The project objective was to determine the level of stock loss in the Australasian grocery supply chain, in a way that identifies key points and methods of loss, so that actions can be taken by trading partners individually and in collaboration to reduce the impact. While recognising that loss occurs in many ways, potential solutions to reduce fraudulent supply chain loss were the principal focus of the project. The project was undertaken with a view to utilising as much of the ECR Europe project methodology as was possible.

The project determined, through an industry survey, that in their last reported year, suppliers, retailers and wholesalers in the supermarket industry reported the value of overall stock loss along the supply chain and within the retail store as A$942 million or 1.73% of industry turnover.

Of particular significance in an ECR context was the survey finding of a very low level of collaboration between trading partners on the issue of loss prevention. The recommendations of the ECR Australasia project team highlight how suppliers and retailers can collaborate to reduce the incidence of stock loss.

In addition to measuring the size of the stock loss problem in Australasia, this project sought to highlight the key points and methods of loss. The project team reviewed the extended supply chain, using their knowledge and experience to highlight the risk areas, report on best practices and promote local case study examples. Project participants were able to identify elements of the community that need to be included in a holistic loss prevention.

In providing a quantifiable estimate of the impact of stock loss on the supermarket industry in Australasia, ECR Australasia has identified an understanding of where and how that loss occurs. This should serve as a call to trading partners to review the manner in which they are addressing loss prevention and to establish whether the sum of two halves will be greater as a whole, in attempting to reduce the total cost of stock loss. The cost of the status quo is the enormous, and growing figure of A$942 million dollars per year to Australasian supermarkets and their suppliers.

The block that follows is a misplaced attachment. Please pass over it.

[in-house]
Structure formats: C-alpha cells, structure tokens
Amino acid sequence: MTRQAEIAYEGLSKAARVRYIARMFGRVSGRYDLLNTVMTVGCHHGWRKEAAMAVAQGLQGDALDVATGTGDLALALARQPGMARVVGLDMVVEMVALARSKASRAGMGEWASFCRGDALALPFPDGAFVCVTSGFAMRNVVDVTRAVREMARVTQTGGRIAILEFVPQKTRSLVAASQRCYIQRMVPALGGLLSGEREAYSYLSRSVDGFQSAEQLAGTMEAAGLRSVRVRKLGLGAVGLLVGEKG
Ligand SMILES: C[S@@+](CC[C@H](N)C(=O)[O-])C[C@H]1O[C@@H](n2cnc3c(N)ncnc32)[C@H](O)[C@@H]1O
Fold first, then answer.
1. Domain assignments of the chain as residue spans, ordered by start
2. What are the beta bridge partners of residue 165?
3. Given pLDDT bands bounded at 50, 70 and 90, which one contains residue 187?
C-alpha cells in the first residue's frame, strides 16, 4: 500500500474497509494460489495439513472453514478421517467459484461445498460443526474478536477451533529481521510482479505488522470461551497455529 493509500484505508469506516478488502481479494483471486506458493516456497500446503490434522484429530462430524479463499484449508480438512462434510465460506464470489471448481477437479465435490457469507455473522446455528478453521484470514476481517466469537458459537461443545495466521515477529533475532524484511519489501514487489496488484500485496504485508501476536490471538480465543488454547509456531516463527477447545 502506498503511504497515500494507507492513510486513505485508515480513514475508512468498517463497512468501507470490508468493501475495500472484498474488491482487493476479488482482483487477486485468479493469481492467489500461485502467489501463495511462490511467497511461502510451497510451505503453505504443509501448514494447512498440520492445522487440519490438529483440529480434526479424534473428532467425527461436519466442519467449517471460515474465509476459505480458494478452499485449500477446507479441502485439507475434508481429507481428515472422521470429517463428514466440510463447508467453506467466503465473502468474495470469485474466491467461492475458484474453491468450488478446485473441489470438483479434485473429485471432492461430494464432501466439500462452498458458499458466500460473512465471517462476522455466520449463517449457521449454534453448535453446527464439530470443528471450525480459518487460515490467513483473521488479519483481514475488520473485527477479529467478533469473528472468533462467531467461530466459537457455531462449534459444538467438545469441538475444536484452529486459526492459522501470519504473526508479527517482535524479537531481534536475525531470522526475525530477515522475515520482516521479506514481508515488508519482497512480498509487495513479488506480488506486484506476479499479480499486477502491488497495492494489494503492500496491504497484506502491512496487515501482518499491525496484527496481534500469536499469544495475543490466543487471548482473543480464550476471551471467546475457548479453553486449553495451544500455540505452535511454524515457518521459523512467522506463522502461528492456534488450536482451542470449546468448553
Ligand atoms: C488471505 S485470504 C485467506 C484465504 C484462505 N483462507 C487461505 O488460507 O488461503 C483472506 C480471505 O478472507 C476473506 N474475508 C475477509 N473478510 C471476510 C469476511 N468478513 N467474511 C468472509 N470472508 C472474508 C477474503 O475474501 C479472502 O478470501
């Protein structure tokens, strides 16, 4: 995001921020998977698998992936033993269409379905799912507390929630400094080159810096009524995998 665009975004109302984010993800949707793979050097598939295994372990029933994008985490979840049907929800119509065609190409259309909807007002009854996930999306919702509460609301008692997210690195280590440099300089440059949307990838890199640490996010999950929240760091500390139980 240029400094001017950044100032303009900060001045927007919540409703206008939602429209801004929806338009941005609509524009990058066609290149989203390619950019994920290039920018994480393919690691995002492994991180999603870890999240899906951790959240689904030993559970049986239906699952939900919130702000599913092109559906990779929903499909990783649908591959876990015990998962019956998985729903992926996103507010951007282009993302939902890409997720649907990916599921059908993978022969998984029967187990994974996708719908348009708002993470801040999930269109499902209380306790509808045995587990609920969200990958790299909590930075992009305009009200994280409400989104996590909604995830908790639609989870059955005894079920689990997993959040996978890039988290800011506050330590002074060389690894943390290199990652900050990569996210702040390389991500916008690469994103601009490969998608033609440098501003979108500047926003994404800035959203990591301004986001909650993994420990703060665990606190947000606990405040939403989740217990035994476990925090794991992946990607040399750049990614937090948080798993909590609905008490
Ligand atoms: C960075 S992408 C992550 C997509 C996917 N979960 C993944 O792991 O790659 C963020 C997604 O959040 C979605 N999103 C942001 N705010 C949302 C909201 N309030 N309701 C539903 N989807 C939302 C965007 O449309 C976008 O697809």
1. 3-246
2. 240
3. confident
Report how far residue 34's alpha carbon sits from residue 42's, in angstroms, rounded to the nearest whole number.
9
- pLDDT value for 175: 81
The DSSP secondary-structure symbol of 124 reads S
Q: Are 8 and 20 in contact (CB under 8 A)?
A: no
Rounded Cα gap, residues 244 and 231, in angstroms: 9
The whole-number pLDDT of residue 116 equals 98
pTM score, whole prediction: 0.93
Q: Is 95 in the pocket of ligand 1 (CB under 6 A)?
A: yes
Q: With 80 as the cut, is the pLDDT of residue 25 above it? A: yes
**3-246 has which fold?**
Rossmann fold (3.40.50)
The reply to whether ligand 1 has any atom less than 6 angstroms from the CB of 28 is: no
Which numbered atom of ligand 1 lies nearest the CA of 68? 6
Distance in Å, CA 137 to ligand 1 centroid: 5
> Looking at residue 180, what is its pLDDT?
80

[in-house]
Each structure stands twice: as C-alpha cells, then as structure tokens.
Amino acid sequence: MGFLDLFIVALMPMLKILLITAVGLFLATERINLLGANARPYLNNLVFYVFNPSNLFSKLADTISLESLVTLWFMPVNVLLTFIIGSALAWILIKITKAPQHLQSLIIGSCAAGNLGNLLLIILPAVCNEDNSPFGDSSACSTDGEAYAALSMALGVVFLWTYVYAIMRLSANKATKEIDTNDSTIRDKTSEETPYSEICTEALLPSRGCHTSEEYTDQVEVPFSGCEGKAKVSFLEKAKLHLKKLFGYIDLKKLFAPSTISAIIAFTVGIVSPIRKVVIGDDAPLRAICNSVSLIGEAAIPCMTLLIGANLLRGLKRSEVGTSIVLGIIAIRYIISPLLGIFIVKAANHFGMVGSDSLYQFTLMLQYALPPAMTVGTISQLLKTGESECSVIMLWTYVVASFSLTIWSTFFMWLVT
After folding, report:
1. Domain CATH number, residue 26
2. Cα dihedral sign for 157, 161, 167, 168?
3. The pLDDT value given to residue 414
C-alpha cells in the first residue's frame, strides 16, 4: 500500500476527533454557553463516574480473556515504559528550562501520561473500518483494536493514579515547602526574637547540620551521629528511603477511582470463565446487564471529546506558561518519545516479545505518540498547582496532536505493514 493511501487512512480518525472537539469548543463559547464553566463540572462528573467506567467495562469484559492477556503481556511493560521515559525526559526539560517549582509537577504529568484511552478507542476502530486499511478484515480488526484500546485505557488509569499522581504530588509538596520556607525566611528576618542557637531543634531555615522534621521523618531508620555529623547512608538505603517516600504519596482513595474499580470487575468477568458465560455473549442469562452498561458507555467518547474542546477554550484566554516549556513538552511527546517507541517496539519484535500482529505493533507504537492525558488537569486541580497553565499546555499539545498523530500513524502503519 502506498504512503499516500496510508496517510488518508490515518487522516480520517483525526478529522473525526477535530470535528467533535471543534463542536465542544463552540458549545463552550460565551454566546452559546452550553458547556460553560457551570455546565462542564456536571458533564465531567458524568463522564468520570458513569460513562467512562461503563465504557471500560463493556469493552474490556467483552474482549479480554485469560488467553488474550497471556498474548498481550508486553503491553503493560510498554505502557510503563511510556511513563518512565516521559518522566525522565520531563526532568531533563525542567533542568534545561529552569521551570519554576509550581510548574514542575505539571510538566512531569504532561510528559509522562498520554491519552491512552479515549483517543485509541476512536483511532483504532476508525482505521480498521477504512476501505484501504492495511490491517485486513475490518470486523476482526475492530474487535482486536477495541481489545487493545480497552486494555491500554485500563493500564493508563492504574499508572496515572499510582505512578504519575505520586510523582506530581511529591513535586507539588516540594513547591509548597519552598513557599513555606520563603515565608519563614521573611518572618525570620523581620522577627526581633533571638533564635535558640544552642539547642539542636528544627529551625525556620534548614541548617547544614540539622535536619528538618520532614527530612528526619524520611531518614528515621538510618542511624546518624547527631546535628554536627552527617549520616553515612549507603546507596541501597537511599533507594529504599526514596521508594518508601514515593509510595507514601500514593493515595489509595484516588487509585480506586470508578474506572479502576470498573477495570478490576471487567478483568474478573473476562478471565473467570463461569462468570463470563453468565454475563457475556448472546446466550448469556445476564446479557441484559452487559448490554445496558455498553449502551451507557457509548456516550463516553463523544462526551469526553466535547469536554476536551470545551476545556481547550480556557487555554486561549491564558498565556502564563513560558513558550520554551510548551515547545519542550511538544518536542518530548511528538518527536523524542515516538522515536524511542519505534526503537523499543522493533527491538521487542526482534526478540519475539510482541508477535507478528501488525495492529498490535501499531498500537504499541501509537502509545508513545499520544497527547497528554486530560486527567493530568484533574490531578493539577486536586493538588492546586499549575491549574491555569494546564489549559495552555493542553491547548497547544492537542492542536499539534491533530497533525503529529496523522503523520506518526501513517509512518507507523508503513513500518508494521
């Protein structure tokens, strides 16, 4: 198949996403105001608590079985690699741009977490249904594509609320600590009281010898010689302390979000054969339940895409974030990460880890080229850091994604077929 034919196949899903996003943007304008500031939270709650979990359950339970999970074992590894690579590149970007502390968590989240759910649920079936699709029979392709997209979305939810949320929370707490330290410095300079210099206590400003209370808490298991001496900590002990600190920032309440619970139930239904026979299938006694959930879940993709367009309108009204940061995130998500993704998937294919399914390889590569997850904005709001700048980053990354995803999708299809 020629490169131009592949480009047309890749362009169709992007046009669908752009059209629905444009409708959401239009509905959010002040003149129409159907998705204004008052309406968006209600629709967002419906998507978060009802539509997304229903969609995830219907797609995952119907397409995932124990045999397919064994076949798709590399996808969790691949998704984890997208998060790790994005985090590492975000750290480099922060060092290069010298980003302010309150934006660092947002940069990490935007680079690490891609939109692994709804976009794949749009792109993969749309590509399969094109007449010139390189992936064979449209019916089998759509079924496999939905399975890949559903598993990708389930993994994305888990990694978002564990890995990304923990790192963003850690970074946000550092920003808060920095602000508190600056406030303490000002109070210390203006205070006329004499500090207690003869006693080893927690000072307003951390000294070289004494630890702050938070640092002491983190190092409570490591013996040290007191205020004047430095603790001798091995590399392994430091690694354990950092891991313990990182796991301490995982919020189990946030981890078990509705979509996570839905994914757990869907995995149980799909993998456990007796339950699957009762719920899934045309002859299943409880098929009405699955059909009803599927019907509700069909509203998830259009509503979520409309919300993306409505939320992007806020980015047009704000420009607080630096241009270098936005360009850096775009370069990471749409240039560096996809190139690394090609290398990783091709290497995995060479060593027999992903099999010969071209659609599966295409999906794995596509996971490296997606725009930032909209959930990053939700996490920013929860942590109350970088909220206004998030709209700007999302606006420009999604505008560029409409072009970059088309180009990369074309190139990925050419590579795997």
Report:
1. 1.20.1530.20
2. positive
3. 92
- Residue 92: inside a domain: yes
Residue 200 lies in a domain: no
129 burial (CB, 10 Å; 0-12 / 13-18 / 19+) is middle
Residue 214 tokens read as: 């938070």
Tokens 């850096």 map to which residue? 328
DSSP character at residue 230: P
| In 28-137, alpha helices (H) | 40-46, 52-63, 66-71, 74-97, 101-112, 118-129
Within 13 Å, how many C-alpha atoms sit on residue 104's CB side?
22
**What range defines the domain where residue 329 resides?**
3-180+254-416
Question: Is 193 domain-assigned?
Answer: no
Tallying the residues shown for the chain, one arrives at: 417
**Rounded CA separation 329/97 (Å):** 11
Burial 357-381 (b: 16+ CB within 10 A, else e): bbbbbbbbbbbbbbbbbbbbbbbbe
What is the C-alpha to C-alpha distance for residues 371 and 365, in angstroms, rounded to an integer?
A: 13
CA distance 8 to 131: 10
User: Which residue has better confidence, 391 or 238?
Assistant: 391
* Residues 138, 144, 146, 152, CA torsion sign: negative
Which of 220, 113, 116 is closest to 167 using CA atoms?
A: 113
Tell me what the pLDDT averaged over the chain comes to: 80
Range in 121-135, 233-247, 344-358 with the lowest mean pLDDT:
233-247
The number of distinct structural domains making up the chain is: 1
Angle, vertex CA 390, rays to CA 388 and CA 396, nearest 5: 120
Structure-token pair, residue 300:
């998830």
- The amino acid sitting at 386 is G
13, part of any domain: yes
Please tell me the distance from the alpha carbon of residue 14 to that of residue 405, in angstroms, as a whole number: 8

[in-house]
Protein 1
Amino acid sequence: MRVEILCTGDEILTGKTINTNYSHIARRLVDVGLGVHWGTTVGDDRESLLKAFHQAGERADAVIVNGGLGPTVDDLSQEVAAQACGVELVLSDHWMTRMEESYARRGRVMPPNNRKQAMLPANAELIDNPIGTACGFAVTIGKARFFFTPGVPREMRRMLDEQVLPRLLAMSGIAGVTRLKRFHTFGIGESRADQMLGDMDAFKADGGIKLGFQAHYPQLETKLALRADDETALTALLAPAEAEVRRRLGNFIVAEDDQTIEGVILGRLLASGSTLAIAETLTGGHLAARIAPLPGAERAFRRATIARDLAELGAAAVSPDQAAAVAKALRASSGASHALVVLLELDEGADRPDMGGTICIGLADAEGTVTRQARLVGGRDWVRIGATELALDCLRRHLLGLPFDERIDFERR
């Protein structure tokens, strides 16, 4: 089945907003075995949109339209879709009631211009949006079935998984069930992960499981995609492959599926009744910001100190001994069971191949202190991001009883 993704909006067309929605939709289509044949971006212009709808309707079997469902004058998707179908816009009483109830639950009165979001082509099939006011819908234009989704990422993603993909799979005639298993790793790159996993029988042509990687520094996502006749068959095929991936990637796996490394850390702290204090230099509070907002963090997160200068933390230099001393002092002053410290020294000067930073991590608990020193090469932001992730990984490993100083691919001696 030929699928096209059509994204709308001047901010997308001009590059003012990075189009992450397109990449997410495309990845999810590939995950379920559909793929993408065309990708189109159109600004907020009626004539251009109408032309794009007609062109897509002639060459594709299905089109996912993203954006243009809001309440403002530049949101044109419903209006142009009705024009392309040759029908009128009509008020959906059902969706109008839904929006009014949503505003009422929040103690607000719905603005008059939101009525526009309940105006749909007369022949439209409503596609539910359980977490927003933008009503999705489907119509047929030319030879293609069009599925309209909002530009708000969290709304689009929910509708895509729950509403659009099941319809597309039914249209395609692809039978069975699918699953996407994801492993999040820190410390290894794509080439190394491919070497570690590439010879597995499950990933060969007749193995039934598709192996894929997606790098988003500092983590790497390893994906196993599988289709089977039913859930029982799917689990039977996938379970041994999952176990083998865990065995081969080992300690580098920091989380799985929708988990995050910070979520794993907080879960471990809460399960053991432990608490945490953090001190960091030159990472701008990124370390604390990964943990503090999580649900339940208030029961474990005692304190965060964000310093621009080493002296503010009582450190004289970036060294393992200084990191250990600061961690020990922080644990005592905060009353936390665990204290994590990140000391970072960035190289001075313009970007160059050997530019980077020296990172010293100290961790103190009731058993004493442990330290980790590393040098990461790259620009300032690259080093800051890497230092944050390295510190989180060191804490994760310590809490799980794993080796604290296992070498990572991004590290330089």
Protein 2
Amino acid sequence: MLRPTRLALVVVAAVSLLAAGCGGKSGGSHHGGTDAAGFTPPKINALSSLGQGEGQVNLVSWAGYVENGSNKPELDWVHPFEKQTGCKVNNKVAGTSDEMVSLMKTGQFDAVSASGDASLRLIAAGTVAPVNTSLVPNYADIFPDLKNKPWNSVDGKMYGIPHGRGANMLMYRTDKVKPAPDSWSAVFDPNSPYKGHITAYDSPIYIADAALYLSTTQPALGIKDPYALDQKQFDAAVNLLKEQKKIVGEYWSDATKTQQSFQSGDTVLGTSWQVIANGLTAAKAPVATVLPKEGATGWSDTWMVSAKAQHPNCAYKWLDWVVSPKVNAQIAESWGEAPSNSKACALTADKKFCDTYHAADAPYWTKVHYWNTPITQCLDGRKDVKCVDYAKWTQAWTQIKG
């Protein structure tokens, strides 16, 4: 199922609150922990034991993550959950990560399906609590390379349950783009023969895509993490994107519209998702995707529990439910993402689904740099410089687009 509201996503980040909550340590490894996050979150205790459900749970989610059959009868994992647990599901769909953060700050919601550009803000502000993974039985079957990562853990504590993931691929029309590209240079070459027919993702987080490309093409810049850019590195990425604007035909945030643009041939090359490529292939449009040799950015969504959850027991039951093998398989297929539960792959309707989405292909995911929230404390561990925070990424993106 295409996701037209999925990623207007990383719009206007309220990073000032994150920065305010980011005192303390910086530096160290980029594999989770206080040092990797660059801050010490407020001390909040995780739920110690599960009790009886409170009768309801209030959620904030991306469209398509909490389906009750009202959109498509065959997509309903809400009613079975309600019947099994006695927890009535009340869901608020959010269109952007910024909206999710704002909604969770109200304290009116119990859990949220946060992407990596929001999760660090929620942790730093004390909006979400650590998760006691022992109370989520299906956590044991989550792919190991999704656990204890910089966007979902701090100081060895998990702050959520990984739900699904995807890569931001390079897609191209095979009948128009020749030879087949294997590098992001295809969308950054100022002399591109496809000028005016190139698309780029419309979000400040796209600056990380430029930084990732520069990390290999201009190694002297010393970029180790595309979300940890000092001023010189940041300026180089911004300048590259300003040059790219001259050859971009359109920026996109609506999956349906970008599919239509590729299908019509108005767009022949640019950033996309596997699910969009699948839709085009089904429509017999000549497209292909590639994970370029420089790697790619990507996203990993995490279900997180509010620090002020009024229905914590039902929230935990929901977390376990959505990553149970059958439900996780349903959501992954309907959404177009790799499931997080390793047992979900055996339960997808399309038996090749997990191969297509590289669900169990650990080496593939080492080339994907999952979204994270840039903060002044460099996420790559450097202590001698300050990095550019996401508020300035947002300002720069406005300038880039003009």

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Industry Toolkit for Shelf Ready Packaging

ECR Australasia 2010.09.24

ECRA announces the launch of an Industry Toolkit for Shelf Ready Packaging

The Board of Efficient Consumer Response Australasia (ECRA) recognised that there was the potential for a multiplication of shelf ready packaging standards within the Australian and New Zealand food and grocery industry leading to a risk of proliferation of contradictory guidelines, which would endanger the initial vision of bringing more value to the consumer.

The development of a set of common industry standards and guidelines aims to assist retailers, suppliers, wholesalers and packaging companies implement sustainable alternate packaging solutions. Through the publication of the Retail Ready Packaging – A focus on shelf ready packaging an Industry Toolkit guidance is provided on how to look at the introduction of shelf ready packaging within your organisation.

The practical approach of the Toolkit will benefit trading partners and provide a framework for open dialogue, avoiding prescribed solutions or technical specifications.
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How to Win in January – Improving service levels

ECR Australasia 2010.09.24

Improving availability through the supply chain in January represents a great opportunity to improve sales for suppliers and their retail trading partners, and ultimately provide a better service to shoppers and end consumers.

The following ECRA report aims to provide insight into this industry wide problem and guidance on the best ways for retailers and suppliers to meet the challenges and make the necessary improvements for January 2010.

Use this report to:

  • Understand the causes and impacts of poor service levels to the industry;

  • Identify the opportunities and challenges to improving service levels in January within the Australian market;

  • Gain insight into the top seven focus areas for improving availability and what they mean for your business; and

  • Consider developing organisational specific action plans to drive improvements.